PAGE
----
addressed the heralds in a voice of thunder: "Contemptible wights, how

dare ye to put such questions to me? The herald's staff alone protects

you from my fury. Return, and tell your prince that I am come to fetch

his head, in order to carry it to the great king, Trewul, of Bulgaria,

who is wrath with him, for the abduction of his sister Milolika. Tell

him, that nought can save him; neither the summit of the mountain,

nor the darkness of the forest, and that he cannot redeem his head by

gold, nor by silver, by jewels, nor by pearls. What I am called, and

what my report is in my country, it needs not that you should know;

sufficient, that I show you what I can perform." At these words, he

grasped an enormous stone, which lay near the tent, and flung it with

such force into the air, that it resembled a little speck.



Full of terror, the heralds returned to Kiev, and presenting

themselves before the monarch, related what they had seen and heard.

When Milolika heard that the horse had called the stranger knight

Tugarin, Son of the Dragon, she grew pale, and a stream of tears

bedewed her cheeks. "Ah," cried she, "beloved husband, we are lost!

Nought can save us, but our flight to the sacred Bug. Tugarin is an

invincible enchanter. His magic power ceases only on the shores of the

Bug. Thither let us fly."[1]



[Footnote 1: The river Bug was especially held sacred by the

Slavonians, and its waters possessed the power to destroy all kinds of

magic.]



Vladimir endeavoured to re-assure his consort. He represented to her

that the brave warriors, and the walls of the impregnable Kiev, would

afford them sufficient protection; but Milolika was not to be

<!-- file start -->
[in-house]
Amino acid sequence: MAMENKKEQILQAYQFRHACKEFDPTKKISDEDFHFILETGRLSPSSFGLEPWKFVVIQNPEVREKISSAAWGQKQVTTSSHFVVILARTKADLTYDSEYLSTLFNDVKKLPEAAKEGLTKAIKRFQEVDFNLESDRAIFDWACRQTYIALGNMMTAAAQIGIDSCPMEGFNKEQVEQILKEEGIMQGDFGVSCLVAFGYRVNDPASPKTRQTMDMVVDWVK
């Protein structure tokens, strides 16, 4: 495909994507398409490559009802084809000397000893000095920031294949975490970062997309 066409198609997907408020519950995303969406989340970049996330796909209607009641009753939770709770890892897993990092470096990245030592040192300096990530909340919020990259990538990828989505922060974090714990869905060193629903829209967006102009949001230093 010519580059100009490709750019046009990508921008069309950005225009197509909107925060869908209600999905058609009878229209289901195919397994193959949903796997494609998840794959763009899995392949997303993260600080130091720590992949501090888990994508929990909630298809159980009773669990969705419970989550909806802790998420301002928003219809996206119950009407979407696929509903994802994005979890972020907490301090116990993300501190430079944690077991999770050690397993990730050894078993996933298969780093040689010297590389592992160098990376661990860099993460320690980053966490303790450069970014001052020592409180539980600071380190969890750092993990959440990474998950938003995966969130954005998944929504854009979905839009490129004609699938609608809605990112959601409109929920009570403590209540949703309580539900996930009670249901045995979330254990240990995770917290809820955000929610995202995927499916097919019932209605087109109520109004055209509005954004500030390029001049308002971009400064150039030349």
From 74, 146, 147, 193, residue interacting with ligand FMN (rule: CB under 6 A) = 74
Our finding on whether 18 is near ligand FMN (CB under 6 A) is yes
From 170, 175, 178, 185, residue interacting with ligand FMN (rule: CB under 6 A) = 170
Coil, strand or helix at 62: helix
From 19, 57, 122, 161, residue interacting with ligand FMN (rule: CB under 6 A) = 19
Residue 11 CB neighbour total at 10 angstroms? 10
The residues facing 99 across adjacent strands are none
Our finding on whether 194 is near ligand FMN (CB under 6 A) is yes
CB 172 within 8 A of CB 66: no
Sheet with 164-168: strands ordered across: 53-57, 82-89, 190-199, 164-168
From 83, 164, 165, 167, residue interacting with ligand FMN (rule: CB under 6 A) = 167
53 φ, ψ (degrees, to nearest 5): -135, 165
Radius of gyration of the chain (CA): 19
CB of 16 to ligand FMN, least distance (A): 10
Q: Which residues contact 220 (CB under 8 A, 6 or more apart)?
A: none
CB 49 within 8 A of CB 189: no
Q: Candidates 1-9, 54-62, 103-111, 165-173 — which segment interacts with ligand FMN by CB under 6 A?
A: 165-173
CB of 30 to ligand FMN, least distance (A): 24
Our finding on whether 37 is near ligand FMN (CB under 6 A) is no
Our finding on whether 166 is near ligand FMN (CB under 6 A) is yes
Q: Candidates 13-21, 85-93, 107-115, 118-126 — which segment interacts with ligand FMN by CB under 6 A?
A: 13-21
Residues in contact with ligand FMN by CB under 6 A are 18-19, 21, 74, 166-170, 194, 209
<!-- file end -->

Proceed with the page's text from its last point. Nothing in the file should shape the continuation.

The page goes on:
comforted. "Thou knowest not, beloved husband," said she, sobbing and

crying, "how dangerous is this giant, Tugarin, to me and my family,

and how bitterly he must hate thee, since he was my betrothed, and

awaited my hand." Vladimir besought Milolika to explain to him this

enigma, and she related the following:--



"I am the daughter of the Bulgarian king, Bogoris, and of the princess

Kuridana. My birth-place is the city Shikotin, where my parents were

wont to pass the summer months. As this city lies on the banks of the

Volga, it offers great facilities for fishing, a diversion to which my

mother was extremely partial.



"Once, when my father was fighting against a neighbouring nation, my

mother endeavoured to while away her grief at his absence by her

accustomed diversion, and caused the nets to be spread in the Volga.

The fish were very plentiful, and a great number of barks and boats

covered the river, amongst which, the vessel in which my mother was

embarked, was distinguishable by its magnificence and elegance.

Surrounded by her ladies, and her body-guard, Kuridana stood in the

centre of the vessel, and beheld with pleasure the spectacle of the

fishery, when suddenly a mountain, that was situated on the other side

of the river, burst with a tremendous crash. Every eye was directed

to the spot, and they saw issue from the aperture, a man of rude, and

terrific aspect, seated on a car of shining steel drawn by two winged

horses. He directed his course towards the river, and when he reached

the water, the steel car rolled over the waves, as if they had been

firm land. When it was perceived that he was bending his way to my

mother's bark, heralds were dispatched in a boat, to inquire why he

presumed to approach the princess without permission. But the fierce

being, who was a powerful and malignant enchanter, did not permit the

unfortunate heralds to discharge their commission. As they began to

speak, he blew upon their boat, overset it, and all who were in it

were buried beneath the waves. At this melancholy sight, my mother's

attendants seized their bows, and discharged a shower of arrows

against the intruder; but in vain, for the arrows rebounded from him,

and fell shivered into the water.



"The greatest amazement now seized all present, for they became

petrified when the magician with a single word, bound every boat, with